Earl is an LA-born actor/improviser that wants desperately to be loved. Hah, not really. He'll eat all your leftovers if you're not careful. He's done it before. Tweets at @earl_baylon. Earl Baylons at earlbaylon.com. Tumblrs at Nerdoholic.


This article is part 2 of a 3 part series on building your own PC. Part 1

Welcome back folks to the three week summary of my obsession with building PCs. Last week I spoke about why you should go DIY and build your next desktop computer. This week, we’ll talk more concrete and go into what you need to buy, and what considerations you might want to take when you’re doing so.

I should say that my philiosophy behind building my own rigs has been, “Building the best computer possible for the least amount money.” So, everything I write will be coming from that standpoint.

Before we jump right into the shopping list, there are two things to consider before compiling said list:

1. What you’re using this computer for
2. Budget

What are going to do with this computer? Is it just a general office/web browsing computer that you’re going to use for office work and maybe some light gaming? Perhaps you’ll edit some home videos for YouTube? You won’t need too much horsepower then. Will you be using it for production work? So editing, motion graphics, and design? Or, are you going building a monster gaming rig? As far as budget goes, that’s entirely up to you. Of course, the fact remains that the more you spend, the more powerful your system will be, but there are certain break points, where you’ll hit good bang for your buck. A basic gaming rig can be built for about $400. $700-800 is about the next tier up. Finally, there’s the $1000+ bracket, which I honestly don’t know too much about, because I’ve never spent that much on a PC, nor felt the need to do so.

Note: Each section will contain a list called “_____ Compatibility notes” which will outline specs that will be helpful in making sure your components are compatibile with each other.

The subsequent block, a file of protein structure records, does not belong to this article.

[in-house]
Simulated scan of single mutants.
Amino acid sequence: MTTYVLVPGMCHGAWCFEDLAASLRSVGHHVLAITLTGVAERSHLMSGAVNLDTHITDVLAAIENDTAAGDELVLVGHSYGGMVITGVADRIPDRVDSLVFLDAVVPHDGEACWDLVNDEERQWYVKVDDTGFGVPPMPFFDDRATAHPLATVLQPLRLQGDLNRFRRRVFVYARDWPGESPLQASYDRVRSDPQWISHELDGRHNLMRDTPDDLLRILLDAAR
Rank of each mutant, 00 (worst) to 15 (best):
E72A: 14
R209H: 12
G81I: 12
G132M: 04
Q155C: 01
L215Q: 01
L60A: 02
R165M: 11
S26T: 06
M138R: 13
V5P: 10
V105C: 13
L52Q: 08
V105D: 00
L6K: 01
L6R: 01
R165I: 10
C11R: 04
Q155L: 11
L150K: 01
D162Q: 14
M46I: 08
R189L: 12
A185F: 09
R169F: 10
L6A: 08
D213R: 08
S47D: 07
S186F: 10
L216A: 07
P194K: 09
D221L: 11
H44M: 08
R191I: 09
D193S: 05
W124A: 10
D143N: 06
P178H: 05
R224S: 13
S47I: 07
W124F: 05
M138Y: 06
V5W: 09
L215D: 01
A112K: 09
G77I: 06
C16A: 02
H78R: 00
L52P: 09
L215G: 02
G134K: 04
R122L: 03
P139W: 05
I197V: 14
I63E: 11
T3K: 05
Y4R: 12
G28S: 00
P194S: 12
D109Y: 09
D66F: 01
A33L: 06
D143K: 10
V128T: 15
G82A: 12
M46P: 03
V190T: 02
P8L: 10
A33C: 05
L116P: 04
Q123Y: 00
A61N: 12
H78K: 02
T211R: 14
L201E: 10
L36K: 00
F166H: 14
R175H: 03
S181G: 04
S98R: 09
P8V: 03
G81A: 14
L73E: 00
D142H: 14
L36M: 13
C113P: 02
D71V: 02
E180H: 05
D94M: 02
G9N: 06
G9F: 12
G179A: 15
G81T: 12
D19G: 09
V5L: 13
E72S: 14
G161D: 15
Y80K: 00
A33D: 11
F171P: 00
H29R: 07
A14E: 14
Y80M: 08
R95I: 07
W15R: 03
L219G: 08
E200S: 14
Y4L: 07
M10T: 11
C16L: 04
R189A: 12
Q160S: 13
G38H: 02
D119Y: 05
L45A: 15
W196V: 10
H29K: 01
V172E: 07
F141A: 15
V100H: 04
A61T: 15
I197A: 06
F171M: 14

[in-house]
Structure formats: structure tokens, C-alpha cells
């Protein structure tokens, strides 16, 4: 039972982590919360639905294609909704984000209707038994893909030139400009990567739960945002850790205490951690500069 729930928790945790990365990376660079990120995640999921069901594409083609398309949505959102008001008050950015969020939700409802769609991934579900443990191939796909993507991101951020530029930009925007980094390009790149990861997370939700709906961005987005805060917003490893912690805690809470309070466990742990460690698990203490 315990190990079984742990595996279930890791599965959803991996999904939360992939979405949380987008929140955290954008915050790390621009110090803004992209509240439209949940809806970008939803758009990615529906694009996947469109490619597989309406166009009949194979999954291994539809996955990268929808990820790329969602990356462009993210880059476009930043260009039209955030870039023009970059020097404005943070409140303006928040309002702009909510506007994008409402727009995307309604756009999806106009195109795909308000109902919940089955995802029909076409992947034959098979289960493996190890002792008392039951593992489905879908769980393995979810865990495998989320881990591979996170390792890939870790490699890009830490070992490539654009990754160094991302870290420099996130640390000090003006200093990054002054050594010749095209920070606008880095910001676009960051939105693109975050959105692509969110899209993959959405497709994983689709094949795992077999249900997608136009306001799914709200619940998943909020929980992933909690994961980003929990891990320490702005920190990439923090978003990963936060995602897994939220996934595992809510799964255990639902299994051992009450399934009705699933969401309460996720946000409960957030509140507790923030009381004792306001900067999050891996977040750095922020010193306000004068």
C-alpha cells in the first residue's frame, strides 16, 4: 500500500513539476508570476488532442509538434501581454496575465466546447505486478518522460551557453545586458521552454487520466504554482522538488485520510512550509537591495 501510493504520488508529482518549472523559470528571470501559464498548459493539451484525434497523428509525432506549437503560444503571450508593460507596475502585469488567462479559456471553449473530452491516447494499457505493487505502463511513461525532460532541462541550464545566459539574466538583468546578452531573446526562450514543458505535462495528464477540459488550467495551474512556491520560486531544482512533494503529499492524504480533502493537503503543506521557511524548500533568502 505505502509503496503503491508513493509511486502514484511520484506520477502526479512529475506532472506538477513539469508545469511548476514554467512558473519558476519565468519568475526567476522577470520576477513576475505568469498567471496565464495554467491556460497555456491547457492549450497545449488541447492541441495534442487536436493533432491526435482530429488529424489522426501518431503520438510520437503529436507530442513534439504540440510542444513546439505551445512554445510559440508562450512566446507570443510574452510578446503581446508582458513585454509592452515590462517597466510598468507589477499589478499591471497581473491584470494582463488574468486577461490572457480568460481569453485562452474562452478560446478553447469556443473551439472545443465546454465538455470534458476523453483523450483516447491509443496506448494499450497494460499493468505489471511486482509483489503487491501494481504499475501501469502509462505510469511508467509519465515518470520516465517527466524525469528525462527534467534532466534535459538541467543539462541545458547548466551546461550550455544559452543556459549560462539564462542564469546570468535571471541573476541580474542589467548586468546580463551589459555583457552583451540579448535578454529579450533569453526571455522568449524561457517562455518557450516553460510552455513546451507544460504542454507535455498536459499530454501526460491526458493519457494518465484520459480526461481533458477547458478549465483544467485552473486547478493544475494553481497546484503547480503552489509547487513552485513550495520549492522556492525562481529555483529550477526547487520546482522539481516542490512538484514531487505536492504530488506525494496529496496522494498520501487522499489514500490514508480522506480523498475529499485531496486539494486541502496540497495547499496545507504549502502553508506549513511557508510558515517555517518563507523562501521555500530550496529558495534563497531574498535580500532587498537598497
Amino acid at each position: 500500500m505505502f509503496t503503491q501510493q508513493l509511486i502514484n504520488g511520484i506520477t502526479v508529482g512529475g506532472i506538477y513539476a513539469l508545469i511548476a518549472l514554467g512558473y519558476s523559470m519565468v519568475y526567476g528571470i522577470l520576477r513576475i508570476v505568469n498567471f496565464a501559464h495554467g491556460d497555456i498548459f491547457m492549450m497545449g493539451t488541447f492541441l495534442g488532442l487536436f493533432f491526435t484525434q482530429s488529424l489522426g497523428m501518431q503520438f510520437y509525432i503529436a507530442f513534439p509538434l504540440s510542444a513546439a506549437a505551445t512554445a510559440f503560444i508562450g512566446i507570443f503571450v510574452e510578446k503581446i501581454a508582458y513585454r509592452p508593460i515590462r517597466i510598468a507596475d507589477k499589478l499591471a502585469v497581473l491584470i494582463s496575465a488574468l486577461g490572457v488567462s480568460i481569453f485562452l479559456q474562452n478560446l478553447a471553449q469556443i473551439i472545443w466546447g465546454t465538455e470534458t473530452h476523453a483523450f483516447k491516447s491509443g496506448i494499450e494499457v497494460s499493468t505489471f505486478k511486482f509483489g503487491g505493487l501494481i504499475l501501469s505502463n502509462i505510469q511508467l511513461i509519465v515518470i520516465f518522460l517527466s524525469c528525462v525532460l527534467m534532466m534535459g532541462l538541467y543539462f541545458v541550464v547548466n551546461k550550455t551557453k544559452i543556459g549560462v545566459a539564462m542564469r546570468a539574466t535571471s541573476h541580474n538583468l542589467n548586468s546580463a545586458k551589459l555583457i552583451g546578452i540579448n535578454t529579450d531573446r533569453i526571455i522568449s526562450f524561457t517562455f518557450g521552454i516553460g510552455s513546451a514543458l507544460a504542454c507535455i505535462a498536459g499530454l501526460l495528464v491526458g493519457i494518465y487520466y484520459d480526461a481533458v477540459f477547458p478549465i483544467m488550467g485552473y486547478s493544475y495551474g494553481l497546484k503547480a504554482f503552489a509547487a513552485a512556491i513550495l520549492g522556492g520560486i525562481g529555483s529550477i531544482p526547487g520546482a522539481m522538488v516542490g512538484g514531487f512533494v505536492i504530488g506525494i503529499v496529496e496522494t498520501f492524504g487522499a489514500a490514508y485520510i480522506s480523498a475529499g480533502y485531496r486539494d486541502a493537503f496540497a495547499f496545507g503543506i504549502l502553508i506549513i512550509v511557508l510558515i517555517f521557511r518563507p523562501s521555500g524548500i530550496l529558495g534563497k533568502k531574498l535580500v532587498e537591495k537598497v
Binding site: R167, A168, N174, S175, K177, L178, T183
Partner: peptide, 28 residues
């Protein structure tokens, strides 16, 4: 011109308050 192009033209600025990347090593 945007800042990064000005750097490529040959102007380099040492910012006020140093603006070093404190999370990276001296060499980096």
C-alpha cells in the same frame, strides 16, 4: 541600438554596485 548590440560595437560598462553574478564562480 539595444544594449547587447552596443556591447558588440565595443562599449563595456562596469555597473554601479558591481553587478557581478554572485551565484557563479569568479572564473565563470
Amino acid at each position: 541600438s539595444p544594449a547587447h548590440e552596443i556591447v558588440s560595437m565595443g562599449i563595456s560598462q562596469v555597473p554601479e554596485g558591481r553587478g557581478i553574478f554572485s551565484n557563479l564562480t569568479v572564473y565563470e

And now, the list:

 1. CPU

Now that you’ve established your main uses for the computer, you can choose what CPU you’re going with. CPU stands for Central Processing Unit. It is basically the brains of the computer. They come in a variety of different flavors, speeds, and number of cores these days. You’ll see Intel Core 2 Duo or Intel Core i7 or AMD FX Series or AMD A-Series all rated at different clock speeds, which are usually are measured in GHz (Gigahertz). Higher gigahertz doesn’t necessarily translate into real-world performance though, as a quad core processor at 2.2 GHz might perform better than a dual core at 2.8 GHz in certain applications and vice versa. But, at the base level, the higher the GHz, the faster the CPU.

The big question that gets asked these days is which manufacturer should I go with, AMD or Intel? Well, if you’re doing mostly office work, whichever you can get for the cheapest. For gaming, the AMDs will usually grant greater bang for the buck. If you’re doing heavy graphics work/editing, you’re going to want to go with the fastest Intel CPU you can afford, as much of Adobe’s (creators of Photoshop and Premiere) code is optimized for use with Intel chips. Otherwise, get as many cores at as fast a clock speed that you can afford.

Now, CPUs generate a lot of heat, so they need a way to get rid of it quickly. This is where a heatsink/fan (HSF) comes in. The heatsink is a piece of metal, usually aluminum, that sits on top of the CPU, drawing heat away from the CPU, so it can be dissipated by the fan that sits on top of the heatsink. Usually when you buy a CPU, it will either come in a retail box, which comes with a heatsink/fan, or it will come OEM/bare chip, in which case you will have to buy a separate heatsink/fan. For simplicity’s sake, you should probably get a retail boxed CPU. You can actually opt for a more powerful heatsink/fan or watercooling if you plan to overclock your system. Overclocking is the practice of setting a CPU to run faster than its marketed speed. Aftermarket heatsinks are usually divided by kind of socket type your CPU has. For example, if your AMD CPU fits an FM2 socket, you’ll be looking for an FM2 heatsink/fan. Now, watercooling is the next level of cooling and is probably outside the scope of this article.

CPU Compatibility notes:

1. Socket Type (LGA 1150, FM2, AM3, etc.)

2. Speed (GHz)

3. Core type (Haswell, Llano, etc.)


 2. Motherboard